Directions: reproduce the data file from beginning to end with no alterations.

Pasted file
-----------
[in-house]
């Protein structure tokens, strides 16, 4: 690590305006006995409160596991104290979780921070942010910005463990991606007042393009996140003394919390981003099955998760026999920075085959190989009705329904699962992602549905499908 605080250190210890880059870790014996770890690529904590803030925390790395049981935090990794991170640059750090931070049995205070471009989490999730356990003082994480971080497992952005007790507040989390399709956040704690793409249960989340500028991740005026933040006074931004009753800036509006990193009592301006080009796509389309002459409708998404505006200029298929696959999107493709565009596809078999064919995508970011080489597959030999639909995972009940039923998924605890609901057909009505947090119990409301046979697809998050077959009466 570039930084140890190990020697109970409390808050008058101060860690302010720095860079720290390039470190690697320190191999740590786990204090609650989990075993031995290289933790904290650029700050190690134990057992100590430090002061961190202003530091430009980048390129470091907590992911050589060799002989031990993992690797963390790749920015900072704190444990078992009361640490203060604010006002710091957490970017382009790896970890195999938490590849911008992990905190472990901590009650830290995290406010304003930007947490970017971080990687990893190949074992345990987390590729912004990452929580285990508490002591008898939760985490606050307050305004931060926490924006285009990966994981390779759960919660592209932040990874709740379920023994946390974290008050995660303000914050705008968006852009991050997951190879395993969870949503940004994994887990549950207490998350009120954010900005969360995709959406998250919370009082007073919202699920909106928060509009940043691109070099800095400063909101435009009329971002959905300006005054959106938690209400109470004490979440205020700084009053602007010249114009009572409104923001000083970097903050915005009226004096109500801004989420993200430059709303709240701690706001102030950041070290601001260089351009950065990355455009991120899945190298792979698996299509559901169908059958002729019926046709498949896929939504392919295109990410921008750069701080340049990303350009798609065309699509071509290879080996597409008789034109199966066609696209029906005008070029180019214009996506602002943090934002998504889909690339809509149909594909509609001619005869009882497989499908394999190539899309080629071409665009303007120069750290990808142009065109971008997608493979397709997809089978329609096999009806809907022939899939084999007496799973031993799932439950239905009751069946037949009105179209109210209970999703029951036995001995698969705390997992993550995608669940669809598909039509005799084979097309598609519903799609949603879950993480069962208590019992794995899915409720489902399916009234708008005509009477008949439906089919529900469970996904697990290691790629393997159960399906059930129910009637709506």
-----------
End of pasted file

[in-house]
């Protein structure tokens, strides 16, 4: 690590305006006995409160596991104290979780921070942010910005463990991606007042393009996140003394919390981003099955998760026999920075085959190989009705329904699962992602549905499908 605080250190210890880059870790014996770890690529904590803030925390790395049981935090990794991170640059750090931070049995205070471009989490999730356990003082994480971080497992952005007790507040989390399709956040704690793409249960989340500028991740005026933040006074931004009753800036509006990193009592301006080009796509389309002459409708998404505006200029298929696959999107493709565009596809078999064919995508970011080489597959030999639909995972009940039923998924605890609901057909009505947090119990409301046979697809998050077959009466 570039930084140890190990020697109970409390808050008058101060860690302010720095860079720290390039470190690697320190191999740590786990204090609650989990075993031995290289933790904290650029700050190690134990057992100590430090002061961190202003530091430009980048390129470091907590992911050589060799002989031990993992690797963390790749920015900072704190444990078992009361640490203060604010006002710091957490970017382009790896970890195999938490590849911008992990905190472990901590009650830290995290406010304003930007947490970017971080990687990893190949074992345990987390590729912004990452929580285990508490002591008898939760985490606050307050305004931060926490924006285009990966994981390779759960919660592209932040990874709740379920023994946390974290008050995660303000914050705008968006852009991050997951190879395993969870949503940004994994887990549950207490998350009120954010900005969360995709959406998250919370009082007073919202699920909106928060509009940043691109070099800095400063909101435009009329971002959905300006005054959106938690209400109470004490979440205020700084009053602007010249114009009572409104923001000083970097903050915005009226004096109500801004989420993200430059709303709240701690706001102030950041070290601001260089351009950065990355455009991120899945190298792979698996299509559901169908059958002729019926046709498949896929939504392919295109990410921008750069701080340049990303350009798609065309699509071509290879080996597409008789034109199966066609696209029906005008070029180019214009996506602002943090934002998504889909690339809509149909594909509609001619005869009882497989499908394999190539899309080629071409665009303007120069750290990808142009065109971008997608493979397709997809089978329609096999009806809907022939899939084999007496799973031993799932439950239905009751069946037949009105179209109210209970999703029951036995001995698969705390997992993550995608669940669809598909039509005799084979097309598609519903799609949603879950993480069962208590019992794995899915409720489902399916009234708008005509009477008949439906089919529900469970996904697990290691790629393997159960399906059930129910009637709506």